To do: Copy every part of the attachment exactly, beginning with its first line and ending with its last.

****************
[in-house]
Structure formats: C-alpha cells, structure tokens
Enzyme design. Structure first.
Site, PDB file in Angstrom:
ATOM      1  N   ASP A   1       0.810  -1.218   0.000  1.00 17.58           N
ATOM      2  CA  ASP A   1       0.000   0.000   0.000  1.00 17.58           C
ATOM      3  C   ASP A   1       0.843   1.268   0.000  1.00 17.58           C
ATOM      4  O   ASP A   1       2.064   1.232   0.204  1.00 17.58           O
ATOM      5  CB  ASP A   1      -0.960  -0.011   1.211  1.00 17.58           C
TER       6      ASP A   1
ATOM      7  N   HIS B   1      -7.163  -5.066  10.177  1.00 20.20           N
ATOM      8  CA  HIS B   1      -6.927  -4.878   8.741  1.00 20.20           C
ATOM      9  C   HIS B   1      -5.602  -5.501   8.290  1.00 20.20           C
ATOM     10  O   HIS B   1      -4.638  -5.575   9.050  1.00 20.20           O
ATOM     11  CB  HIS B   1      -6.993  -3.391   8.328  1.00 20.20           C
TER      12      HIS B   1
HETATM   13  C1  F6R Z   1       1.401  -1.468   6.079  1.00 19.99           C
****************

[in-house]
Structure formats: C-alpha cells, structure tokens
Enzyme design. Structure first.
Site, PDB file in Angstrom:
ATOM      1  N   ASP A   1       0.810  -1.218   0.000  1.00 17.58           N
ATOM      2  CA  ASP A   1       0.000   0.000   0.000  1.00 17.58           C
ATOM      3  C   ASP A   1       0.843   1.268   0.000  1.00 17.58           C
ATOM      4  O   ASP A   1       2.064   1.232   0.204  1.00 17.58           O
ATOM      5  CB  ASP A   1      -0.960  -0.011   1.211  1.00 17.58           C
TER       6      ASP A   1
ATOM      7  N   HIS B   1      -7.163  -5.066  10.177  1.00 20.20           N
ATOM      8  CA  HIS B   1      -6.927  -4.878   8.741  1.00 20.20           C
ATOM      9  C   HIS B   1      -5.602  -5.501   8.290  1.00 20.20           C
ATOM     10  O   HIS B   1      -4.638  -5.575   9.050  1.00 20.20           O
ATOM     11  CB  HIS B   1      -6.993  -3.391   8.328  1.00 20.20           C
TER      12      HIS B   1
HETATM   13  C1  F6R Z   1       1.401  -1.468   6.079  1.00 19.99           C